Relying on IRS data ignores many measures of an individual’s wellbeing
Washington, DC (Aug 13, 2014)—Social scientists regularly use IRS and Census Bureau income data to expound on the measure of inequality in the United States. However, because of the substantial disparities in cost of living, how dramatically income varies over a person’s life cycle, and the inconsistent or absent measurement of retirement saving, Census and IRS data are flawed tools for understanding inequality. This is according to a new report from the nonpartisan Tax Foundation.
IRS income data is collected for the purpose of raising revenue annually in the manner that Congress directs; it was not intended to be a measure of one’s overall wellbeing. It has massive confounding factors; not minor technical nitpicks, but big glaring issues so plain and so relevant that they can be expressed in terms of the lives of ordinary people. People develop professionally with age. People go to college. People think about where rents are high and where they are low. People save in retirement accounts. Relying on IRS income data ignores these factors.
The report finds that:
The average taxpayer’s income changes dramatically throughout his lifetime; the average tax return for an 18- to 25-year-old shows about $15,000 in adjusted gross income where an average tax return for someone between ages 55 and 64 shows above $80,000.
College students, particularly, comprise a very large number of low-income taxpayers.
Incomes go considerably farther in some places than in others. Much of the narrative about rural states being poorer is mistaken.
Much capital income—especially capital income in tax-free middle-class retirement accounts—goes uncounted in income data, heavily distorting the measurement and making people appear poorer than they are.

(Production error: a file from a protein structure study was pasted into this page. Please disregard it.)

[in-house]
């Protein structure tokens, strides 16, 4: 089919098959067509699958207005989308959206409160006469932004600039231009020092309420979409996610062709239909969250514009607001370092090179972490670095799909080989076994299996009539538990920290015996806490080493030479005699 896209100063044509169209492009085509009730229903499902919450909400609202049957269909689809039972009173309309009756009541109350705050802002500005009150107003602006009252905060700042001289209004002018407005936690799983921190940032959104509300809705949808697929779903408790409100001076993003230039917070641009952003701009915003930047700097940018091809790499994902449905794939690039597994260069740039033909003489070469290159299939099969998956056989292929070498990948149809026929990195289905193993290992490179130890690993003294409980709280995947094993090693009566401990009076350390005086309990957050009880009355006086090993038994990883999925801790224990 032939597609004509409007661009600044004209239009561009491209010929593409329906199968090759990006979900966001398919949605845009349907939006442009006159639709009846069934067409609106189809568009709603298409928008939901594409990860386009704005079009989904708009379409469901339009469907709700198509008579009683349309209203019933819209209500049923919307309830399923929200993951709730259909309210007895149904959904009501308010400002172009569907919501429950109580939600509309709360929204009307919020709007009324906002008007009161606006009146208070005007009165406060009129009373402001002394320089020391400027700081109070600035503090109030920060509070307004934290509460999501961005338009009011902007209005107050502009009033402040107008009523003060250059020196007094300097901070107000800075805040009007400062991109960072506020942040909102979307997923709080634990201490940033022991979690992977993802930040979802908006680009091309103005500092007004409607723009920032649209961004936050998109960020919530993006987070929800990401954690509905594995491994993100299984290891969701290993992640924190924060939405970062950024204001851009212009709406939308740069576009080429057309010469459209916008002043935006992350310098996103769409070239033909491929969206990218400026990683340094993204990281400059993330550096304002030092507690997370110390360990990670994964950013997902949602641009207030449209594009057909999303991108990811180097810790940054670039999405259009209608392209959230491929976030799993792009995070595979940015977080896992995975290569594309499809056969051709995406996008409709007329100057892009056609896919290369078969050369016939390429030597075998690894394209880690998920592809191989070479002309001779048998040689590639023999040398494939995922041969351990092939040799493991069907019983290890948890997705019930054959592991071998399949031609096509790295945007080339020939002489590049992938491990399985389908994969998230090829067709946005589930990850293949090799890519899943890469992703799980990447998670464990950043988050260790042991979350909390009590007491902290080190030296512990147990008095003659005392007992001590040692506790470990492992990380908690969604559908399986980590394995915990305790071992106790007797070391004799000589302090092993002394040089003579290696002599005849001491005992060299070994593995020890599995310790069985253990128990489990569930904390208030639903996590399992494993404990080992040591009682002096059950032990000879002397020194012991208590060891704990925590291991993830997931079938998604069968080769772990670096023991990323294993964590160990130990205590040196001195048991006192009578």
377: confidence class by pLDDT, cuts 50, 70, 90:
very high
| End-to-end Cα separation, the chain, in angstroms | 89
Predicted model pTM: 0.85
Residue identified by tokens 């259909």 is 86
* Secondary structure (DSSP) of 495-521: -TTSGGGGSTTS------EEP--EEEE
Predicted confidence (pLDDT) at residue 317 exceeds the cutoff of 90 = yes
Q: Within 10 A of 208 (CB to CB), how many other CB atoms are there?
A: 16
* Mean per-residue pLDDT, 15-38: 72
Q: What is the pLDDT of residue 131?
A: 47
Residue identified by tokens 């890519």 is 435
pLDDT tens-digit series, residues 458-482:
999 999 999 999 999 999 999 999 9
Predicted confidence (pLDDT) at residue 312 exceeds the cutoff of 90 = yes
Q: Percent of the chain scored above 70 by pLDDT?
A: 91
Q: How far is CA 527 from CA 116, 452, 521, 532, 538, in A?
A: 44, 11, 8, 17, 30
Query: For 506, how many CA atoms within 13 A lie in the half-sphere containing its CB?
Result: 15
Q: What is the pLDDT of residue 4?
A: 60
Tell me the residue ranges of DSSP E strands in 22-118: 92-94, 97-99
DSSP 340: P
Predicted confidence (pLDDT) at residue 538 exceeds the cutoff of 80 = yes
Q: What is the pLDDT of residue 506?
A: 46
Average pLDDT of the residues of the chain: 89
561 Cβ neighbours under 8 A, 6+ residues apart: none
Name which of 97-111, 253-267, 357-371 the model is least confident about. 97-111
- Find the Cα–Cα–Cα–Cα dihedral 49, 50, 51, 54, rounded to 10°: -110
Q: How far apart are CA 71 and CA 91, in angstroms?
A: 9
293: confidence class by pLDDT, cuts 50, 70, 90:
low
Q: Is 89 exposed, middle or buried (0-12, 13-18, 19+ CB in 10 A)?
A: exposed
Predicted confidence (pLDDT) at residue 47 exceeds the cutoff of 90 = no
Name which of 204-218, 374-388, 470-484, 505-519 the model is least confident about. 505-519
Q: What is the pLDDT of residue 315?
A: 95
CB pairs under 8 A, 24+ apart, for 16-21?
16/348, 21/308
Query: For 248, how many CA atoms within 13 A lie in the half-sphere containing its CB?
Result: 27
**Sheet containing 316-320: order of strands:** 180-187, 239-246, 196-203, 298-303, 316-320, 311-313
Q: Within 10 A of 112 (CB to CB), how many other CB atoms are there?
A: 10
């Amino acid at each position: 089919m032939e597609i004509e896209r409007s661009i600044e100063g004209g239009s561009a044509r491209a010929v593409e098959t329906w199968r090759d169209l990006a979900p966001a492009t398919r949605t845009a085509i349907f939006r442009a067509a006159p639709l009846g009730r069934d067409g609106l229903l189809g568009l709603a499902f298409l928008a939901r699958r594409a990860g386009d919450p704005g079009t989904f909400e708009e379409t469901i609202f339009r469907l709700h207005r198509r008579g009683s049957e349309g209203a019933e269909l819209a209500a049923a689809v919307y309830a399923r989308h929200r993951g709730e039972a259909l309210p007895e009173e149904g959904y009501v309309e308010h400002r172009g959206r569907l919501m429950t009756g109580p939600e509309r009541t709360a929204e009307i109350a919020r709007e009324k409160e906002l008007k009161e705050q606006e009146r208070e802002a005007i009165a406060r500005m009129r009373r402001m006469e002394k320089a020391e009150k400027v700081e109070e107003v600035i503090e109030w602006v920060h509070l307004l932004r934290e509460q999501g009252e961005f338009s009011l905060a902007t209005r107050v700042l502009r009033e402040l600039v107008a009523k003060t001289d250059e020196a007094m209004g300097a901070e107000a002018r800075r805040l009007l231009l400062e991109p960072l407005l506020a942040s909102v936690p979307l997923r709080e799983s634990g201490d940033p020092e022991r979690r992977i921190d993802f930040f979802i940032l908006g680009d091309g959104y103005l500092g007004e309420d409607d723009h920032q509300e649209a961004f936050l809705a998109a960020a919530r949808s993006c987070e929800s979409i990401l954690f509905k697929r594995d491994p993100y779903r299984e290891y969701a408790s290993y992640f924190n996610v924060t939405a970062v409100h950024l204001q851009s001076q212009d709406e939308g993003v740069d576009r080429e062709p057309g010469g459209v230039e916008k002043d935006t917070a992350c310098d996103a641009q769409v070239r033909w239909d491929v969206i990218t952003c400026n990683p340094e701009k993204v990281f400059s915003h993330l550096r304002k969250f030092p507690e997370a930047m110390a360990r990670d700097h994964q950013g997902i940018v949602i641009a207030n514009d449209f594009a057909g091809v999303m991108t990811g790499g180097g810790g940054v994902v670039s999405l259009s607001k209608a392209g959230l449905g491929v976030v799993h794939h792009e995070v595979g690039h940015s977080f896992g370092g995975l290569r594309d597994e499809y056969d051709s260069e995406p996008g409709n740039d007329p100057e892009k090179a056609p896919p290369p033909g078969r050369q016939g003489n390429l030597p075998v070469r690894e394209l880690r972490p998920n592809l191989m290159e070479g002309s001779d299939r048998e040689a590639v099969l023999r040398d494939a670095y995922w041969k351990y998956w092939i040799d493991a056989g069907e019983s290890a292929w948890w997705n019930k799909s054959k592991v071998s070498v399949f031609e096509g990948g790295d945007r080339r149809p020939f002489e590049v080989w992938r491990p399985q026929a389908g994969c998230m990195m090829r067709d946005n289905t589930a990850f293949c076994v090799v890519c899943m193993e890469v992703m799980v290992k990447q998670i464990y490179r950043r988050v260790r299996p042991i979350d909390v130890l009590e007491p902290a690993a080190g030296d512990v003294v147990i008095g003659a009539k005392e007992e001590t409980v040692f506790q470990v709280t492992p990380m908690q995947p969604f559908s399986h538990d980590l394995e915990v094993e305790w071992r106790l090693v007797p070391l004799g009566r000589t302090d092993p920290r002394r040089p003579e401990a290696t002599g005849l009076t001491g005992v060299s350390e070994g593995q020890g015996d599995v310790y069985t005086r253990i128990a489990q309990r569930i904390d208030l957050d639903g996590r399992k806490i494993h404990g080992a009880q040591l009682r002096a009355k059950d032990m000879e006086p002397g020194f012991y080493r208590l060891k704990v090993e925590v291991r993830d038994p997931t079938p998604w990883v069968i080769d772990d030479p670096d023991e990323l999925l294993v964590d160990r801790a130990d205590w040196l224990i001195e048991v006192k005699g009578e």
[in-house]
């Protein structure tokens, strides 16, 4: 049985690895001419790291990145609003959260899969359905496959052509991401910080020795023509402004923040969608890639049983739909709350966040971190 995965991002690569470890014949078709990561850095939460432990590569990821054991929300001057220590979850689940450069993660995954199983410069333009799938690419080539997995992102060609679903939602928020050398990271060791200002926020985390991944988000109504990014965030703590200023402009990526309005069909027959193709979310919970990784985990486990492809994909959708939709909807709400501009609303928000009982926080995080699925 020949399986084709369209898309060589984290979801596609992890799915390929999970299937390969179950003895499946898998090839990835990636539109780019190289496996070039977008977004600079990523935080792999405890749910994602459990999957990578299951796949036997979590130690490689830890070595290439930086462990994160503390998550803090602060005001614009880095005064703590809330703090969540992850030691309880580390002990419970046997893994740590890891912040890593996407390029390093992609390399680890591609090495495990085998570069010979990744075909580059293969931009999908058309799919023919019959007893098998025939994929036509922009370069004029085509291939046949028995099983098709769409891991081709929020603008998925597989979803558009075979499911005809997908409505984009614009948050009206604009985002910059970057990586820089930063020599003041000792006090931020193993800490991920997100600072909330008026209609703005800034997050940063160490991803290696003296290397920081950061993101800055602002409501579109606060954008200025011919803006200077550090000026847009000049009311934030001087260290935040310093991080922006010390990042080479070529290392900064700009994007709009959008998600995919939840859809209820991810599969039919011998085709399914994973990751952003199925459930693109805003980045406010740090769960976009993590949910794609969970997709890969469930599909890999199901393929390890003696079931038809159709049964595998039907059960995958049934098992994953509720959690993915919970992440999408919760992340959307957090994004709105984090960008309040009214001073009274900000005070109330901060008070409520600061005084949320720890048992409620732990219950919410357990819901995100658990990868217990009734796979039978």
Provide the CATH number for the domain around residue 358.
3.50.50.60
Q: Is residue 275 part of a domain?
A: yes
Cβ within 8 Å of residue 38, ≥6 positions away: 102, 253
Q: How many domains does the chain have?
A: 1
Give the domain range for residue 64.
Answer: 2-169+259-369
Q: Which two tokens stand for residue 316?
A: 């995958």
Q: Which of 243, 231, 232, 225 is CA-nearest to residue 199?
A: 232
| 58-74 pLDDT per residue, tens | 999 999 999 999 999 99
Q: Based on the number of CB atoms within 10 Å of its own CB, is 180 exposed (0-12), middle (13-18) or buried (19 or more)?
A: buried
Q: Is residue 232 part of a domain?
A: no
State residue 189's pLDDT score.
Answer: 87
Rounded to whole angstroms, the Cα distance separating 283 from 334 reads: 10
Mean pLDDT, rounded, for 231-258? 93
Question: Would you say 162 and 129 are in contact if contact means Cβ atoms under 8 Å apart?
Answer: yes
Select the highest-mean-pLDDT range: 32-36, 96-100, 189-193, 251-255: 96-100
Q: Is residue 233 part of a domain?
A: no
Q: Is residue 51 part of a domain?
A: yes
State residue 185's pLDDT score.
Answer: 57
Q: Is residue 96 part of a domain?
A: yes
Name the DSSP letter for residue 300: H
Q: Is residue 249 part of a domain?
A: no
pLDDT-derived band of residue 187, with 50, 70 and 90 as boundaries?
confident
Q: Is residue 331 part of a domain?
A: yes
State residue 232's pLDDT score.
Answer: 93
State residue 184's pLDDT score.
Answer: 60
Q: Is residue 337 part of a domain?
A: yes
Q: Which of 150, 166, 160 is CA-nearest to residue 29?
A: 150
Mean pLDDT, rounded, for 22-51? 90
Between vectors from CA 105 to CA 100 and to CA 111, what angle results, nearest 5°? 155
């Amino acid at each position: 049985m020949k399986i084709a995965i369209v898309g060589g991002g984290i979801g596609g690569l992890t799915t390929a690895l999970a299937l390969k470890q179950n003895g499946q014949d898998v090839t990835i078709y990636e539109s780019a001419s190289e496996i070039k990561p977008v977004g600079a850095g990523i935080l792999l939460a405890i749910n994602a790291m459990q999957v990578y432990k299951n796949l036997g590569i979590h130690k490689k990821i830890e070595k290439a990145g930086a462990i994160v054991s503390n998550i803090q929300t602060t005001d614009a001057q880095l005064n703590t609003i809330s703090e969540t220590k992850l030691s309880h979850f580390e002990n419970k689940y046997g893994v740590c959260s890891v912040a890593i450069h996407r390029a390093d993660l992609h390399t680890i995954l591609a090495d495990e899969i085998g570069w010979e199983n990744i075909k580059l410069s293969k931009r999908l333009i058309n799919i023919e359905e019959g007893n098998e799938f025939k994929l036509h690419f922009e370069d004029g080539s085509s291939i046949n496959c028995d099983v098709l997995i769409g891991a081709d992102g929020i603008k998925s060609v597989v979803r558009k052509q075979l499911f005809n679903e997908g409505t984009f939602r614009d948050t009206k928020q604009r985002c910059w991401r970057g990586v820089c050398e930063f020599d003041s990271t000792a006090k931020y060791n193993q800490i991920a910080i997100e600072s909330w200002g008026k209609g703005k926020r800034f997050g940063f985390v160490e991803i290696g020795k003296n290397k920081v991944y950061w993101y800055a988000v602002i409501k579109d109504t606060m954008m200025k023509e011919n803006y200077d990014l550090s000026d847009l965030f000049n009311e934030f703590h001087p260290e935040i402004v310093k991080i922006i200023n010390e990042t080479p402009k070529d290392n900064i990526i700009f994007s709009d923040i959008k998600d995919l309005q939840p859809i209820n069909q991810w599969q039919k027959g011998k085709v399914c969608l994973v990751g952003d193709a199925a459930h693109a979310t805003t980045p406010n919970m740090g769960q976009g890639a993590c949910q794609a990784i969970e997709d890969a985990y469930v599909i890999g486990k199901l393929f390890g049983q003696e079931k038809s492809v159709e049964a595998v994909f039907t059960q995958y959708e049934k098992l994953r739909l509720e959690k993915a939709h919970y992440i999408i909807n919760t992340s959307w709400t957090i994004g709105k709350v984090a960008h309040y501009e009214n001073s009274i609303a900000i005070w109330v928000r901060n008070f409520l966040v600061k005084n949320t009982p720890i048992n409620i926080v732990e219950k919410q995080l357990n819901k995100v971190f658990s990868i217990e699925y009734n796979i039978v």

Thomas Piketty’s popular analysis on income inequality leaves out $19 trillion of pension assets, which are yet to be attributed to any individual.
“Income data would be a reliable measure of social inequality if it weren’t distorted by virtually every major decision people make in their lives,” said Tax Foundation Economist Alan Cole. “Income data, out of context, leads us to conclusions so absurd that the entire project of dividing people up into quintiles may be an intellectual dead end. The dollar-denominated sum of certain classes of market transactions is not enough to identify suffering or plenty.”
As an instrument of the federal government, the IRS is best when used for its intended purpose: collecting revenue. It is considerably less effective at creating social justice, which is not something easily determined using a Form 1040 alone. Efforts to fight social inequality would be best undertaken by humane institutions with well-defined purposes and local knowledge of the problems they are designed to handle—not a large centralized bureau built to extract revenue on a mass scale.
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